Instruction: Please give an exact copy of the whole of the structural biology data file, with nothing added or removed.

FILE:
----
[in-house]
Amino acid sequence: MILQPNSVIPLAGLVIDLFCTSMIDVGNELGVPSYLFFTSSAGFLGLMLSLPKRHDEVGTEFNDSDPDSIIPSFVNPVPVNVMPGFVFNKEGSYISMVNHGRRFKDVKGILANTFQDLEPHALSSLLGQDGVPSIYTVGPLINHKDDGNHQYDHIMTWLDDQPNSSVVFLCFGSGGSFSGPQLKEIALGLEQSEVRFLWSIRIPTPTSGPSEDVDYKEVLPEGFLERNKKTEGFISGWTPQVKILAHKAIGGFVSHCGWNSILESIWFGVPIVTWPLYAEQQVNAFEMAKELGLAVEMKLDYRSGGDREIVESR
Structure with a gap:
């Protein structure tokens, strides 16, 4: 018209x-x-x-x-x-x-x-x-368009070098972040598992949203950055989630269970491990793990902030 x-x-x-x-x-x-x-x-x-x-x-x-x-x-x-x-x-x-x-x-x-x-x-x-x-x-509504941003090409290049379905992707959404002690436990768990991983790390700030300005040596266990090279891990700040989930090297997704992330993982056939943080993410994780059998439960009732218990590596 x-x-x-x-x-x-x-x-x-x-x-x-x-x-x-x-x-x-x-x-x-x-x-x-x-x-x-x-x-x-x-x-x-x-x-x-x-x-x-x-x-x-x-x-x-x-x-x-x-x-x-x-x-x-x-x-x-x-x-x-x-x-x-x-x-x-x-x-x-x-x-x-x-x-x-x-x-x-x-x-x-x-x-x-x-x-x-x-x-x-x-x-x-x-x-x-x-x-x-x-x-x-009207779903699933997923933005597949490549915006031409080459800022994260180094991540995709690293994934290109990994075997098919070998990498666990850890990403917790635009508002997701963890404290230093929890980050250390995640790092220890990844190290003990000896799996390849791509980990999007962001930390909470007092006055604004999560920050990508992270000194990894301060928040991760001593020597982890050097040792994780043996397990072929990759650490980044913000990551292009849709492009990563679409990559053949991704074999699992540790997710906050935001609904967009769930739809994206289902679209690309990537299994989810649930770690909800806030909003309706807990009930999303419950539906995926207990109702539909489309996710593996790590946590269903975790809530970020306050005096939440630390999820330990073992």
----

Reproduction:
[in-house]
Amino acid sequence: MILQPNSVIPLAGLVIDLFCTSMIDVGNELGVPSYLFFTSSAGFLGLMLSLPKRHDEVGTEFNDSDPDSIIPSFVNPVPVNVMPGFVFNKEGSYISMVNHGRRFKDVKGILANTFQDLEPHALSSLLGQDGVPSIYTVGPLINHKDDGNHQYDHIMTWLDDQPNSSVVFLCFGSGGSFSGPQLKEIALGLEQSEVRFLWSIRIPTPTSGPSEDVDYKEVLPEGFLERNKKTEGFISGWTPQVKILAHKAIGGFVSHCGWNSILESIWFGVPIVTWPLYAEQQVNAFEMAKELGLAVEMKLDYRSGGDREIVESR
Structure with a gap:
């Protein structure tokens, strides 16, 4: 018209x-x-x-x-x-x-x-x-368009070098972040598992949203950055989630269970491990793990902030 x-x-x-x-x-x-x-x-x-x-x-x-x-x-x-x-x-x-x-x-x-x-x-x-x-x-509504941003090409290049379905992707959404002690436990768990991983790390700030300005040596266990090279891990700040989930090297997704992330993982056939943080993410994780059998439960009732218990590596 x-x-x-x-x-x-x-x-x-x-x-x-x-x-x-x-x-x-x-x-x-x-x-x-x-x-x-x-x-x-x-x-x-x-x-x-x-x-x-x-x-x-x-x-x-x-x-x-x-x-x-x-x-x-x-x-x-x-x-x-x-x-x-x-x-x-x-x-x-x-x-x-x-x-x-x-x-x-x-x-x-x-x-x-x-x-x-x-x-x-x-x-x-x-x-x-x-x-x-x-x-x-009207779903699933997923933005597949490549915006031409080459800022994260180094991540995709690293994934290109990994075997098919070998990498666990850890990403917790635009508002997701963890404290230093929890980050250390995640790092220890990844190290003990000896799996390849791509980990999007962001930390909470007092006055604004999560920050990508992270000194990894301060928040991760001593020597982890050097040792994780043996397990072929990759650490980044913000990551292009849709492009990563679409990559053949991704074999699992540790997710906050935001609904967009769930739809994206289902679209690309990537299994989810649930770690909800806030909003309706807990009930999303419950539906995926207990109702539909489309996710593996790590946590269903975790809530970020306050005096939440630390999820330990073992």